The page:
A Vision for Arts and Culture in Vancouver’s West End
In collaboration with wearts.ca, Judith Marcuse and Nicole Armos created this engaging and colourful report on arts-based public consultation to develop an arts and culture policy for Vancouver's West End.
Arts and culture are essential elements of healthy, vibrant and inclusive communities. Engagement with the arts provides opportunities for neighbours to connect with each other; provides vehicles for individual and collective expression; encourages tourism; and strengthens local economies. The arts celebrate identity and contribute to the well being and inclusion of both residents and visitors.
Vancouver’s West End is one of Vancouver’s most densely populated neighbourhoods, with one of the City’s largest concentrations of arts and cultural workers. It is home to iconic cultural events such as the Pride Parade and the Celebration of Light. However, opportunities to engage in art- making and to showcase local professional and community arts events, programs and products are limited.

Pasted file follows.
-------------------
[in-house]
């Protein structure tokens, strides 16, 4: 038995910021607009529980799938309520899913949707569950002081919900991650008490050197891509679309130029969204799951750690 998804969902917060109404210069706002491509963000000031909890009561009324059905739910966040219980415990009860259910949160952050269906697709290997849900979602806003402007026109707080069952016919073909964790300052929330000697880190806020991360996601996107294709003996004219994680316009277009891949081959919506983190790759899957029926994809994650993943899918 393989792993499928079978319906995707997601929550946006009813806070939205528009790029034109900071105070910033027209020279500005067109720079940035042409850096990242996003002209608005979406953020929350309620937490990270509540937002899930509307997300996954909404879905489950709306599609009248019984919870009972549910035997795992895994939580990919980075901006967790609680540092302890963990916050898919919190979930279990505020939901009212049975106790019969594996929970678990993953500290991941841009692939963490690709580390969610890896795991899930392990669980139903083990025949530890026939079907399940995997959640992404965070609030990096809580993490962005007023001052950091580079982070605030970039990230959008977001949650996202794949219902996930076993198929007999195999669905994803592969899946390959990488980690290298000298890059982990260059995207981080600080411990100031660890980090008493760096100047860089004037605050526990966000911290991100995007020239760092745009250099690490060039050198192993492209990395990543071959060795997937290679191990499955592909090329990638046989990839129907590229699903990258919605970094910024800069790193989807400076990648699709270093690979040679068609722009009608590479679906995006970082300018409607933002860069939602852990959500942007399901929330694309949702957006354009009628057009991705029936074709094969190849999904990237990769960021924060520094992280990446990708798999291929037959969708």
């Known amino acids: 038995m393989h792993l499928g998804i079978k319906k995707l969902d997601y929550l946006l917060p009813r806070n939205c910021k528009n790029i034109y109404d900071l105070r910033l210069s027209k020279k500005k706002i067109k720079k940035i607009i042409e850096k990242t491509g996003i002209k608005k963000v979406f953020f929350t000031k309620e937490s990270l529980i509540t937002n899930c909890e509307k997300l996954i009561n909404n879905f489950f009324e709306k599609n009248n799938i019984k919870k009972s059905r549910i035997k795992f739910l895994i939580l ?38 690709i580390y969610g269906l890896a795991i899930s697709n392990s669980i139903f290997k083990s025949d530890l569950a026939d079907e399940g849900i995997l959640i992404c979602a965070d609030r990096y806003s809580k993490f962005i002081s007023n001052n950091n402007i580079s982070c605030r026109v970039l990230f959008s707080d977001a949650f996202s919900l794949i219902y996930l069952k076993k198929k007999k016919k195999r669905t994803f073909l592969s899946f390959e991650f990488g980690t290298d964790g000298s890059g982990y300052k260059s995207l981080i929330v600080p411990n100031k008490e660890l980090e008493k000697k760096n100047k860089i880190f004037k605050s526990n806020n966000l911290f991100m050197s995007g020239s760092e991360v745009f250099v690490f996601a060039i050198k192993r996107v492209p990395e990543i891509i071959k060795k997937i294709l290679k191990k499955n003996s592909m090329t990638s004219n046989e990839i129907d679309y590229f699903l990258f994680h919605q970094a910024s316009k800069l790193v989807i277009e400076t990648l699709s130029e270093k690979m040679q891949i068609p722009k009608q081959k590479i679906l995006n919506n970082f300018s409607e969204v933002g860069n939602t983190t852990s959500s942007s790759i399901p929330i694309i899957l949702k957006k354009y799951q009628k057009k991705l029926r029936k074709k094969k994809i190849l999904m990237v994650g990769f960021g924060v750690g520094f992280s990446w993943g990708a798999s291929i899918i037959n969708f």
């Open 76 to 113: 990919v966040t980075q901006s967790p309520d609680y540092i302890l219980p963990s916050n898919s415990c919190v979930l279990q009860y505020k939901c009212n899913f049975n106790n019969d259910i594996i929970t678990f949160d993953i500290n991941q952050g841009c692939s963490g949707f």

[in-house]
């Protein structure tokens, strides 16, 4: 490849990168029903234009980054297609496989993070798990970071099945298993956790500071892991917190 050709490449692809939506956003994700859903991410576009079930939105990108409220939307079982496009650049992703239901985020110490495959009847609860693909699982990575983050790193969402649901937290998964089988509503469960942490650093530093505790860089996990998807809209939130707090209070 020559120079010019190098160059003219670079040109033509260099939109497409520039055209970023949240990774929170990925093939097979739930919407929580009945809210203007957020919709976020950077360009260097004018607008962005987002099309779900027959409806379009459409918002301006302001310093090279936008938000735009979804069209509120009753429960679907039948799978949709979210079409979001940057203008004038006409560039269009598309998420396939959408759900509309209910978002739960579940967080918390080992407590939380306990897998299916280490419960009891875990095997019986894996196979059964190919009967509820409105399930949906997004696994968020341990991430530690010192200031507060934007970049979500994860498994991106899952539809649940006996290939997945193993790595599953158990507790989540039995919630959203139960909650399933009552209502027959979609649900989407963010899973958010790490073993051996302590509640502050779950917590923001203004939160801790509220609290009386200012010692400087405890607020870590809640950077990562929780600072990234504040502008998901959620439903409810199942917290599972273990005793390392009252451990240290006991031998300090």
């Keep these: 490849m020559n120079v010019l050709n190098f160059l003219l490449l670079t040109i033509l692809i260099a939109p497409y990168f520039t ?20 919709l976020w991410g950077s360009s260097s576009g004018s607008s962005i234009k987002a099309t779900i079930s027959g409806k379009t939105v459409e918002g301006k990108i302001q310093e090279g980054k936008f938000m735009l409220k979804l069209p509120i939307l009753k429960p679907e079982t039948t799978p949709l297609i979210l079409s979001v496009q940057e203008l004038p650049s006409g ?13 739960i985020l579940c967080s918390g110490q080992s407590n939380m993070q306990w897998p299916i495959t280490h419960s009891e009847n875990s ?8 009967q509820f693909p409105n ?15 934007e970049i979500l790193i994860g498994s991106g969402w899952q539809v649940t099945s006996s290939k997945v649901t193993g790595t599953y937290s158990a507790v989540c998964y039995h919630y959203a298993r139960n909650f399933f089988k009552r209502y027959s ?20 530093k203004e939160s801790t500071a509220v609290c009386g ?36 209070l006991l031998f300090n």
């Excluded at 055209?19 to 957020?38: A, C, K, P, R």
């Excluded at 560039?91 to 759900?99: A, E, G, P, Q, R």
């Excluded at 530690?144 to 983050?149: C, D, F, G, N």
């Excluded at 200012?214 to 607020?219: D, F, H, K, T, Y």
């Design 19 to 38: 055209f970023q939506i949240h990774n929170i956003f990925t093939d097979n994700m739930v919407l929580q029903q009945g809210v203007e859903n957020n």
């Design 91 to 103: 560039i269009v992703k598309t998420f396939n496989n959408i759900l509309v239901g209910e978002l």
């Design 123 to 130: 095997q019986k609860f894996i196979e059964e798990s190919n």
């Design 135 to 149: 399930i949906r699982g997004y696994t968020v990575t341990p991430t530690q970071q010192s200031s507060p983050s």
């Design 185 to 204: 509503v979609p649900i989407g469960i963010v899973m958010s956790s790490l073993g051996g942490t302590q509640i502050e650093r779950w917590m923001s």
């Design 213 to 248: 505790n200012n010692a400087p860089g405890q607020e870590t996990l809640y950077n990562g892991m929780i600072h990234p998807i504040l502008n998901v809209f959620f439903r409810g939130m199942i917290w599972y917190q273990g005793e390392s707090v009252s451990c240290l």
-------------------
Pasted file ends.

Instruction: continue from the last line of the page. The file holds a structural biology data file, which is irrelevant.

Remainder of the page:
In response to this situation, local residents, businesses, artists and community groups came together to form WE Arts, a volunteer community arts group committed to building a strong arts presence and creative economy in the West End. This plan identifies the community’s short and long-term priorities for the development of their arts and culture sector, and provides a framework and recommended action items for realizing these goals. The recommendations presented here were developed through a three-part public consultation process hosted by WE Arts from February to May 2015, as well as monthly meetings of a very dedicated core volunteer committee.
In the first public consultation, community members engaged in music, movement, and visual arts workshops to help envision their ideal arts and culture scene, resulting in a wide range of proposed activities, events, amenities, and facilities*. In the second consultation, participants prioritized these ideas into recommendations for long-term and short-term goals, and formed committees to begin mobilizing around the top seven priority areas determined in that workshop. Finally, in the third consultation, community members were able to review and provide feedback on a working draft of the recommendations along with strategies for moving them forward.